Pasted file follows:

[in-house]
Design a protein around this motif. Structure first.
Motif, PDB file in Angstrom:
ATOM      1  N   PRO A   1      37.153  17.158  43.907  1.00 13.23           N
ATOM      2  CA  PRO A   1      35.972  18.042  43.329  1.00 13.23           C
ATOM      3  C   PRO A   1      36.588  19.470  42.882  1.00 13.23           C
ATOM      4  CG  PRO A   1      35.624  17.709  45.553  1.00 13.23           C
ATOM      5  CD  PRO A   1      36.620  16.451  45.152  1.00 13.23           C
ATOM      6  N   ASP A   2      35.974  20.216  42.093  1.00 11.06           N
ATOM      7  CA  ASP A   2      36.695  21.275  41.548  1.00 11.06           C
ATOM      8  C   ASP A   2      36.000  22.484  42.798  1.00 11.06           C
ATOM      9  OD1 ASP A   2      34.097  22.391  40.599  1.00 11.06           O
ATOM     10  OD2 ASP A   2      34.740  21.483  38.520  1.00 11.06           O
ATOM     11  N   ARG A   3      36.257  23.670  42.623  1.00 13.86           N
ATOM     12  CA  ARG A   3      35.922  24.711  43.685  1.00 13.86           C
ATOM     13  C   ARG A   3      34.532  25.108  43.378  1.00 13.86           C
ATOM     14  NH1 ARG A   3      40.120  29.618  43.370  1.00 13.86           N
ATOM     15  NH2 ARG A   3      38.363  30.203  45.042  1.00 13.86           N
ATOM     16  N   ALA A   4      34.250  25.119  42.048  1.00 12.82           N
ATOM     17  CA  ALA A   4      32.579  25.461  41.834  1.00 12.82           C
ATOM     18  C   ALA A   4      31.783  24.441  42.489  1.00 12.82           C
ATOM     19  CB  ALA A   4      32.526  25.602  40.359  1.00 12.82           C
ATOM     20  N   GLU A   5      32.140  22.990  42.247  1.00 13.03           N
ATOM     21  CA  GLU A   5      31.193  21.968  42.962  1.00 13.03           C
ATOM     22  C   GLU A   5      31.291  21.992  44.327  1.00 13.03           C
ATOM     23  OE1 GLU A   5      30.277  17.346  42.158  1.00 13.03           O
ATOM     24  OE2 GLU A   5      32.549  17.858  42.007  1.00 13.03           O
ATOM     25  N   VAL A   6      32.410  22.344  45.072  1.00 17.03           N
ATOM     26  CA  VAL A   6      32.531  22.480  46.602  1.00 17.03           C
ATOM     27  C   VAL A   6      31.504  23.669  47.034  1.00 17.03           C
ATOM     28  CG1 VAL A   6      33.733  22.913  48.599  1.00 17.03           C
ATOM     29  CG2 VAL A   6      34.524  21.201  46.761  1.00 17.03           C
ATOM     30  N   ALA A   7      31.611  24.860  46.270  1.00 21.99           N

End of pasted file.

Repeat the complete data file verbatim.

[in-house]
Design a protein around this motif. Structure first.
Motif, PDB file in Angstrom:
ATOM      1  N   PRO A   1      37.153  17.158  43.907  1.00 13.23           N
ATOM      2  CA  PRO A   1      35.972  18.042  43.329  1.00 13.23           C
ATOM      3  C   PRO A   1      36.588  19.470  42.882  1.00 13.23           C
ATOM      4  CG  PRO A   1      35.624  17.709  45.553  1.00 13.23           C
ATOM      5  CD  PRO A   1      36.620  16.451  45.152  1.00 13.23           C
ATOM      6  N   ASP A   2      35.974  20.216  42.093  1.00 11.06           N
ATOM      7  CA  ASP A   2      36.695  21.275  41.548  1.00 11.06           C
ATOM      8  C   ASP A   2      36.000  22.484  42.798  1.00 11.06           C
ATOM      9  OD1 ASP A   2      34.097  22.391  40.599  1.00 11.06           O
ATOM     10  OD2 ASP A   2      34.740  21.483  38.520  1.00 11.06           O
ATOM     11  N   ARG A   3      36.257  23.670  42.623  1.00 13.86           N
ATOM     12  CA  ARG A   3      35.922  24.711  43.685  1.00 13.86           C
ATOM     13  C   ARG A   3      34.532  25.108  43.378  1.00 13.86           C
ATOM     14  NH1 ARG A   3      40.120  29.618  43.370  1.00 13.86           N
ATOM     15  NH2 ARG A   3      38.363  30.203  45.042  1.00 13.86           N
ATOM     16  N   ALA A   4      34.250  25.119  42.048  1.00 12.82           N
ATOM     17  CA  ALA A   4      32.579  25.461  41.834  1.00 12.82           C
ATOM     18  C   ALA A   4      31.783  24.441  42.489  1.00 12.82           C
ATOM     19  CB  ALA A   4      32.526  25.602  40.359  1.00 12.82           C
ATOM     20  N   GLU A   5      32.140  22.990  42.247  1.00 13.03           N
ATOM     21  CA  GLU A   5      31.193  21.968  42.962  1.00 13.03           C
ATOM     22  C   GLU A   5      31.291  21.992  44.327  1.00 13.03           C
ATOM     23  OE1 GLU A   5      30.277  17.346  42.158  1.00 13.03           O
ATOM     24  OE2 GLU A   5      32.549  17.858  42.007  1.00 13.03           O
ATOM     25  N   VAL A   6      32.410  22.344  45.072  1.00 17.03           N
ATOM     26  CA  VAL A   6      32.531  22.480  46.602  1.00 17.03           C
ATOM     27  C   VAL A   6      31.504  23.669  47.034  1.00 17.03           C
ATOM     28  CG1 VAL A   6      33.733  22.913  48.599  1.00 17.03           C
ATOM     29  CG2 VAL A   6      34.524  21.201  46.761  1.00 17.03           C
ATOM     30  N   ALA A   7      31.611  24.860  46.270  1.00 21.99           N